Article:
At the end of March 2014, Turkey will once again head to the polls to vote in mayors for the country’s municipalities, marking five years since the previous ones, and almost three years since the 2011 national elections. While local elections do not always serve as an indicator for the general public’s confidence in a ruling party, there is no doubt that the upcoming elections in Turkey is quickly turning into a referendum for the ruling AK Party, which received almost fifty percent of the vote in the last national elections.
Actually, it is not the opposition parties that are treating this as a referendum, who obviously know the stakes are high; rather, it is Turkey’s strong Prime Minister, Recep Tayyip Erdogan, who is pushing this stance. We have to remember that Erdogan is at his best during elections, and during the past few weeks he has been campaigning “full-steam ahead.”
Ever since the Gezi Park protests, in fact, Erdogan has been on a non-stop campaign challenging his opponents, or anyone who has the potential to challenge his hegemony, one-by-one. Most recently, in an attempt to consolidate power within his own party, the Turkish prime minister opened a front against the Gülen movement, or what is known in Turkish as the Hizmet (Service) movement, or the Cemaat (the Society). However, it is still premature to see how the unfolding row will play out in the upcoming local elections. Clearly, the twitter wars between the two camps has showed us just how messy Turkish politics can become.
What is clear is that Erdogan’s constant divisive “powerhouse” politics will most likely lead to a decline in his support, something I already claimed just two weeks before the Gezi protests. However, let us not lose sight, local elections can be misleading; it is important to remember that Erdoğan also treated the 2009 elections as a referendum and despite the opposition parties gaining some ground, just two years later, in the national elections, he swept the ballots, getting almost 50% of the general vote (see my former blogs on 2009 local election, and 2011 national elections).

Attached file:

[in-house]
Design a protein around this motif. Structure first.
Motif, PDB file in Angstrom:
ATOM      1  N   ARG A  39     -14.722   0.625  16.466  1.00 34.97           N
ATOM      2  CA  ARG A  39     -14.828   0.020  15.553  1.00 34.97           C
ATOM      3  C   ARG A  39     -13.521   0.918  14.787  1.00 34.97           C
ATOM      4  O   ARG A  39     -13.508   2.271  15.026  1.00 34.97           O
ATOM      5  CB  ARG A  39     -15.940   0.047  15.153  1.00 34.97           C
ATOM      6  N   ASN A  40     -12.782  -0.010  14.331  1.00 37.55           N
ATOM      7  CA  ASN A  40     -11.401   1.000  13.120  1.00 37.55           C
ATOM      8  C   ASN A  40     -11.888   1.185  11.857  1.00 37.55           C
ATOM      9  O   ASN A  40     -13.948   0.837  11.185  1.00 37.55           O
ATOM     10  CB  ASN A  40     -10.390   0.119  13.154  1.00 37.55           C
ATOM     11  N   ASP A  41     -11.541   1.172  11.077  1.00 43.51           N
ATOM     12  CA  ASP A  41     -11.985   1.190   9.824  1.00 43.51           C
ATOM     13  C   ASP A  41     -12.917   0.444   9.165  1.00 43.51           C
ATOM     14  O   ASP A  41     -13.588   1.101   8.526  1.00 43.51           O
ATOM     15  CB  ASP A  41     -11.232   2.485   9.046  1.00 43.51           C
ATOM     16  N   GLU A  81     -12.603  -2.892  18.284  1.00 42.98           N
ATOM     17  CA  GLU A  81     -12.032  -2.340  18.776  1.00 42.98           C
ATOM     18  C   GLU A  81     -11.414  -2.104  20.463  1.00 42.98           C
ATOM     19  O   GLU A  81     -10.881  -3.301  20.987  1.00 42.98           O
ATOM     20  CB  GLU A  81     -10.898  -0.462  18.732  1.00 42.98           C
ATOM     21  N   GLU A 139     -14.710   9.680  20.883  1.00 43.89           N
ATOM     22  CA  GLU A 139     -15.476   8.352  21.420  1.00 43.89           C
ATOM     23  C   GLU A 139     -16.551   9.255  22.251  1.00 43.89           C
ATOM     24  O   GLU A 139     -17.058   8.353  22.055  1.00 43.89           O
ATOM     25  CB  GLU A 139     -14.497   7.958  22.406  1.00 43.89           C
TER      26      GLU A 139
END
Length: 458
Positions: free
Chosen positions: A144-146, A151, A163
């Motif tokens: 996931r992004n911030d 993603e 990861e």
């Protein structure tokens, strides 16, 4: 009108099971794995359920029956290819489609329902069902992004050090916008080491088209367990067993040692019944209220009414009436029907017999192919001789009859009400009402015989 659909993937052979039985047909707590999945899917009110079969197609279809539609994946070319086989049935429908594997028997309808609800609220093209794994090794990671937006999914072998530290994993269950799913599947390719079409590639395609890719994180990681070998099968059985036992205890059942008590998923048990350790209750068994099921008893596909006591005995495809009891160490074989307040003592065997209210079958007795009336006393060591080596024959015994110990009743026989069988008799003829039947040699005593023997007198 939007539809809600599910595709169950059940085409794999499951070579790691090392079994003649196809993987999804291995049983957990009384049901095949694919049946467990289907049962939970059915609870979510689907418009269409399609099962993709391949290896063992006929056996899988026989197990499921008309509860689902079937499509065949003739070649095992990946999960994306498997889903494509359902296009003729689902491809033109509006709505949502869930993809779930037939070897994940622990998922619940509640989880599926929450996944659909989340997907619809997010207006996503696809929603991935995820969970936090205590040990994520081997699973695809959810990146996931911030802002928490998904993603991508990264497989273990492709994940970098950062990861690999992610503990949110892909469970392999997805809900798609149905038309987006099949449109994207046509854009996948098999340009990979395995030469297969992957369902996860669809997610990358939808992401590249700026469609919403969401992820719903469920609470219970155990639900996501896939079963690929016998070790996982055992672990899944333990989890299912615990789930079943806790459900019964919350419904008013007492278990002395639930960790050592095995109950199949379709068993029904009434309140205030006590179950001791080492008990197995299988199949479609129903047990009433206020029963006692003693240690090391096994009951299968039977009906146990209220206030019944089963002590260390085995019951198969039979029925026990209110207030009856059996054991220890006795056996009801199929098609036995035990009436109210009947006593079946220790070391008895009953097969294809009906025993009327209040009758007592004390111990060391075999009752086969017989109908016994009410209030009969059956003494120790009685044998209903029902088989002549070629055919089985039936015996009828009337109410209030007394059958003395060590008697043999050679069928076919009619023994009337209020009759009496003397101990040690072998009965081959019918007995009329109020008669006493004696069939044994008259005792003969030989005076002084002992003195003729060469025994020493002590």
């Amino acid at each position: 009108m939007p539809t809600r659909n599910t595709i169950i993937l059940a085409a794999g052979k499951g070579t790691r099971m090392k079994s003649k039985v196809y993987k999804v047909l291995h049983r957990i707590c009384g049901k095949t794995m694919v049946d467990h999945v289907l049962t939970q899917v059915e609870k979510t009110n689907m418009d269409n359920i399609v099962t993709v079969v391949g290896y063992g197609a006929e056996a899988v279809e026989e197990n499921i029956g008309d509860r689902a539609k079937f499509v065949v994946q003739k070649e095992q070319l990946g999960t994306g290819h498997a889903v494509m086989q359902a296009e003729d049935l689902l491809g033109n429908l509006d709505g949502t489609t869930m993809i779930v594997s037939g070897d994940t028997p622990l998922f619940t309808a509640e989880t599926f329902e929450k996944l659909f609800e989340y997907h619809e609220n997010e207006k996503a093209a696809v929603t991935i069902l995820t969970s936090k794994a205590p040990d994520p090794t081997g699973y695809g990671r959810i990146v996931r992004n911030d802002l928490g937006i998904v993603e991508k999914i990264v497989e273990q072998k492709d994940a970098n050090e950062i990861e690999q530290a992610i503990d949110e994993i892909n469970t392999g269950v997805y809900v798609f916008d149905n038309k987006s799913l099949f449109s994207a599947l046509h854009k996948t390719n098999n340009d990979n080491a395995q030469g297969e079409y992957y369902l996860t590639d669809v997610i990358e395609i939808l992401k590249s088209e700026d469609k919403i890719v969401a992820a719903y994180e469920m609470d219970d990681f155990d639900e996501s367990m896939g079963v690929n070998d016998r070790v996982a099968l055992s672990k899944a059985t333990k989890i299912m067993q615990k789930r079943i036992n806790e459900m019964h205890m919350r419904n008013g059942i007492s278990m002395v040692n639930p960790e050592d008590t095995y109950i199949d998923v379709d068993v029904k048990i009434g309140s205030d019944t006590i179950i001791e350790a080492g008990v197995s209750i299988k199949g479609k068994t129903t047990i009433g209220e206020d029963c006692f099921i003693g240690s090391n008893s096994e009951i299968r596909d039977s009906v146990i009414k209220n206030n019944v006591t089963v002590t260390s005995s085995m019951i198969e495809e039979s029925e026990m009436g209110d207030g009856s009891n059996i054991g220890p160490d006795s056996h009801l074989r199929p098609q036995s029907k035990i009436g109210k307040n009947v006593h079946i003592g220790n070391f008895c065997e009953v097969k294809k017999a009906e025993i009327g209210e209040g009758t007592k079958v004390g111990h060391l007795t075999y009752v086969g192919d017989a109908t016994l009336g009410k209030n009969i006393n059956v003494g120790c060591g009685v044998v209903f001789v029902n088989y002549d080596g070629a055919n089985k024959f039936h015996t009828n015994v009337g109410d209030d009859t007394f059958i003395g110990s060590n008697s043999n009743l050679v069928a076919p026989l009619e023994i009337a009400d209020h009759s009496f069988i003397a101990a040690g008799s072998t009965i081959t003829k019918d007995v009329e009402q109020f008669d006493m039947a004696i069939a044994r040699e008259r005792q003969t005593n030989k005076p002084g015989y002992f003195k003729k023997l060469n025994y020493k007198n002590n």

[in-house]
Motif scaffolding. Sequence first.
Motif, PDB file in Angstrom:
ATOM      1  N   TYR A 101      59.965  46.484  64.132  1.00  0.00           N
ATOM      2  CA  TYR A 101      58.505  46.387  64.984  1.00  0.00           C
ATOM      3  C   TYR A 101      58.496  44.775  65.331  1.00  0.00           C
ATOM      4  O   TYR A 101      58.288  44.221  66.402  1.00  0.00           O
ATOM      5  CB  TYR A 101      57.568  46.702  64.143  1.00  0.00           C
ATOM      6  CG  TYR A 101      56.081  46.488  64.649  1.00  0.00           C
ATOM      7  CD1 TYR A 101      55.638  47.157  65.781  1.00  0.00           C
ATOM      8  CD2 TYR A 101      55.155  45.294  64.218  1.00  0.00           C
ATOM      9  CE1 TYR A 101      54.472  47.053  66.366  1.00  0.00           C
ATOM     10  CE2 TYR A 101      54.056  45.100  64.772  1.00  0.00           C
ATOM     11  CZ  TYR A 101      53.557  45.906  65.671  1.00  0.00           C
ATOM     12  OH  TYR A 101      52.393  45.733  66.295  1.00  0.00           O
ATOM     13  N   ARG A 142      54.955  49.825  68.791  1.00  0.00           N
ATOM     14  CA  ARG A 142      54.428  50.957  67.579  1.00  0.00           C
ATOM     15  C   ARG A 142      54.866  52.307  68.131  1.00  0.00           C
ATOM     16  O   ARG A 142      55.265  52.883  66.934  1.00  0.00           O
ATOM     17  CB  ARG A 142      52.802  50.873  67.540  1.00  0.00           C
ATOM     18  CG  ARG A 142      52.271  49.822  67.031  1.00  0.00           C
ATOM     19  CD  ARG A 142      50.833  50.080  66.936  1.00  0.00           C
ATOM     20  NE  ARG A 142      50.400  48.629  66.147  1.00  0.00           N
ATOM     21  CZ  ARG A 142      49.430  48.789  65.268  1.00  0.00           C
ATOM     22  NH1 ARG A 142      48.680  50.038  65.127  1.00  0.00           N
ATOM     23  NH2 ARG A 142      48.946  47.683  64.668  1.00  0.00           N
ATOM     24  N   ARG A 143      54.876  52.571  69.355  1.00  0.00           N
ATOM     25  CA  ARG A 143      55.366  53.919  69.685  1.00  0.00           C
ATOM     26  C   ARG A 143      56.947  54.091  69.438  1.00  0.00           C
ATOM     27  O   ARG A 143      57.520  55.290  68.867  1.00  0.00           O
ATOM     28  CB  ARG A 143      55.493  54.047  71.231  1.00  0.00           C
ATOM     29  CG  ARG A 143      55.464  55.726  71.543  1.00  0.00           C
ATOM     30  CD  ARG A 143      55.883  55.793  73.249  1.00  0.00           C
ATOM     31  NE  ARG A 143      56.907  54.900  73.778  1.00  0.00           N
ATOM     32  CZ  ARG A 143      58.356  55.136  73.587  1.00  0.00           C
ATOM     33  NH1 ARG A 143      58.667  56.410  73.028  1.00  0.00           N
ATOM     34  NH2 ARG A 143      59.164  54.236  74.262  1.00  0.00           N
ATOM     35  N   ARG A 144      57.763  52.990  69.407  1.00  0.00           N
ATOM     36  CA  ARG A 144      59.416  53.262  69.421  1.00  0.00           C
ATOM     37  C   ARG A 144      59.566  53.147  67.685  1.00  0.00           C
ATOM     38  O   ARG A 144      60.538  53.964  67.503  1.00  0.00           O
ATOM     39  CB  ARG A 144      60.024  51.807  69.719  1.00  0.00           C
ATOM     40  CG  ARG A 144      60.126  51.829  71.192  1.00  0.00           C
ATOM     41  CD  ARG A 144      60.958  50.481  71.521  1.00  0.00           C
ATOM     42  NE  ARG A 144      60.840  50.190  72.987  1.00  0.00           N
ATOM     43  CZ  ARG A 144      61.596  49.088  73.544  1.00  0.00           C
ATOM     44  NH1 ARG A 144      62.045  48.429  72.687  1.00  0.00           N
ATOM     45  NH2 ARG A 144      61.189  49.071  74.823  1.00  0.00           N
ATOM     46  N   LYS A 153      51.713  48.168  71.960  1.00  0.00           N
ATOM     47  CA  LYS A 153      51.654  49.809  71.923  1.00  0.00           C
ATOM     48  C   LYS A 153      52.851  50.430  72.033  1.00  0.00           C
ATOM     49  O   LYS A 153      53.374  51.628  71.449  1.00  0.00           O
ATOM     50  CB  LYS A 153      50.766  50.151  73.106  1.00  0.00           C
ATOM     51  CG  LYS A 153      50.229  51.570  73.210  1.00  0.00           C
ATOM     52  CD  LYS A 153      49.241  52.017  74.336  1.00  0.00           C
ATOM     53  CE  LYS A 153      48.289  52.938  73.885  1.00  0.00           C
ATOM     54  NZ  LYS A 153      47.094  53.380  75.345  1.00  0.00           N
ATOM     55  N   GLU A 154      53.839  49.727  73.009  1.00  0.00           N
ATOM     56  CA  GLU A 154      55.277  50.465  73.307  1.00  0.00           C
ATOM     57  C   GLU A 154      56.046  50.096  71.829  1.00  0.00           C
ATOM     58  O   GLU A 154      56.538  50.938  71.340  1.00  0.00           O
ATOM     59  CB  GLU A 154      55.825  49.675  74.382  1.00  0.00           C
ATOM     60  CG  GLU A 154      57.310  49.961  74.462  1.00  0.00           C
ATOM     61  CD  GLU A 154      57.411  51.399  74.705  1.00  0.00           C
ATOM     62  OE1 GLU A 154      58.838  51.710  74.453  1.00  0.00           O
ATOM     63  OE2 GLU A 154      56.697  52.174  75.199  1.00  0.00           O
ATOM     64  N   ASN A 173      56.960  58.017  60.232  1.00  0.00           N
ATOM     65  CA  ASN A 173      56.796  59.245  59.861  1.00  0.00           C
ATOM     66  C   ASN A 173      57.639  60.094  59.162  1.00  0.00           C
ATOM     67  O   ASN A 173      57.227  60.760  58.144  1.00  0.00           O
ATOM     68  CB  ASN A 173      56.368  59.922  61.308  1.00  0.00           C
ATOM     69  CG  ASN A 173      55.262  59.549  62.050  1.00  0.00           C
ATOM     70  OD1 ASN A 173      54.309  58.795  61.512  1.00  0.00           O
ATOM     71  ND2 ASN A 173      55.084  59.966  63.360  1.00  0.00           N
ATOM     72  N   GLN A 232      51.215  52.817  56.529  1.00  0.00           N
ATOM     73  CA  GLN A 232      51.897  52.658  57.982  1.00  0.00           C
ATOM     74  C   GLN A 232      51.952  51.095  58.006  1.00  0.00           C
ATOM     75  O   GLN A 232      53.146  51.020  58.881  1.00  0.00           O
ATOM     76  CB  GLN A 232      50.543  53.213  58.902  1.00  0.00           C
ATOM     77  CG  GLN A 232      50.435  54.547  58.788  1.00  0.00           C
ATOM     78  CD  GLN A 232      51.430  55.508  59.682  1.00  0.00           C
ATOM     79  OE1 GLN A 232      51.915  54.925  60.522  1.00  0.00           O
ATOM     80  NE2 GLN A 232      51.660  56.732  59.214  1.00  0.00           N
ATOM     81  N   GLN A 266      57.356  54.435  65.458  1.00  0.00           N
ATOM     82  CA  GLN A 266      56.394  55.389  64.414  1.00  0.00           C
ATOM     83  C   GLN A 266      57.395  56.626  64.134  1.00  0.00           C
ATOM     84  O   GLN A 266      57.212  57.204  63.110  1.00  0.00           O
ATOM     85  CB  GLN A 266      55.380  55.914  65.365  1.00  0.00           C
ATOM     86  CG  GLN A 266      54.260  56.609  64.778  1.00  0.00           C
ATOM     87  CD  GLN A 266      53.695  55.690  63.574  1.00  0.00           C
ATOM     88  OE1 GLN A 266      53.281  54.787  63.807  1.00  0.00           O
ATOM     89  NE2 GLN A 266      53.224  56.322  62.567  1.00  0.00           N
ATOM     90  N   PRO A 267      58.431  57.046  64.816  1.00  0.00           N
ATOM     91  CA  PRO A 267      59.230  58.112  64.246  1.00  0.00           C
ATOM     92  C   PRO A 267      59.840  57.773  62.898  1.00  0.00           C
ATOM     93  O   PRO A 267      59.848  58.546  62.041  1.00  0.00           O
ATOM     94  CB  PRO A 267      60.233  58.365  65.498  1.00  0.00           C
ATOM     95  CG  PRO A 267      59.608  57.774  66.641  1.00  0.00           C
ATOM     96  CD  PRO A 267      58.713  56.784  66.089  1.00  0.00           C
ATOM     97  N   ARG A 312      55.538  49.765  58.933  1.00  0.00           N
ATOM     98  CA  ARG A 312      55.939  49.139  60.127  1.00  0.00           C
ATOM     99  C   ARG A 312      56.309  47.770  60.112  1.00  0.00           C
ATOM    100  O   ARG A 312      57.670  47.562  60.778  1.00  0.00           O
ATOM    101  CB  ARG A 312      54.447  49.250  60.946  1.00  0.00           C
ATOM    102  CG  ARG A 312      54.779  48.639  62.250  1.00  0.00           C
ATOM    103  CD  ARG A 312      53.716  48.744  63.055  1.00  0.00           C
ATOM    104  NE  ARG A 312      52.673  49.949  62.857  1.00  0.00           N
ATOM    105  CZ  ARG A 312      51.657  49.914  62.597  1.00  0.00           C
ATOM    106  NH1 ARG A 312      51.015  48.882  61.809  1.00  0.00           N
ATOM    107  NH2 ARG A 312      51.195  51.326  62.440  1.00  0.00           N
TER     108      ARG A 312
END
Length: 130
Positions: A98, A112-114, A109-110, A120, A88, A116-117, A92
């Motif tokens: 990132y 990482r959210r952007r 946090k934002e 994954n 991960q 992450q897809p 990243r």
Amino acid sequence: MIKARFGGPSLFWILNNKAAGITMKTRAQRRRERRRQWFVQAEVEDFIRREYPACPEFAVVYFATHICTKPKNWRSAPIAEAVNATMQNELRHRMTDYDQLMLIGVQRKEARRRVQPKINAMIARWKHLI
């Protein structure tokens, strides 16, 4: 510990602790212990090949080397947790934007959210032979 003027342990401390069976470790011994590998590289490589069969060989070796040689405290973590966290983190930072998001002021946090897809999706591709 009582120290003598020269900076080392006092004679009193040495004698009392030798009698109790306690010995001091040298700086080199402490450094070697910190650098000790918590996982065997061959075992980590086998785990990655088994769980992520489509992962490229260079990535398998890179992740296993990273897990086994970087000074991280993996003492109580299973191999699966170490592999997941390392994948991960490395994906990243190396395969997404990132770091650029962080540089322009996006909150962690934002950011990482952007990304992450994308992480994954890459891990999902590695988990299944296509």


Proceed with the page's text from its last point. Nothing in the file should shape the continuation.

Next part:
The key to any true success on behalf of the main opposition party, the Republican People’s Party (CHP), will depend greatly on how dynamic their candidates are, and the party’s ability to open the door to communities they have shunned in this past. In Istanbul, and the other major cities, utilizing the space the Gezi Park protests created without exploiting it will be central; in other words, the party will need to capture the overall population’s imagination, heightening spirits that change is possible.
During the next 3.5 months, I will be covering different aspects of the elections and focusing on how other parties, such as the newly formed Peoples Democratic Party (HDP) and how its candidate for Istanbul, the Gezi protester and MP, Sırrı Süreyya Önder, will influence the race. On the same token, I will be watching if CHP’s choice of Mustafa Sarıgul to run for mayor in Istanbul was a good or bad one (he will officially open his campaign this Thursday). Further, I will give a rundown of the other cities and regions, looking at which parties are most likely to make gains, or hold ground, such as the Peace and Democratic Party (BDP) in the southeastern Kurdish regions, and the National Action Party (MHP), in the western regions and some cities in the interior. Indeed, this election should be an exciting one!
*The coverage will be indexed as seen above in title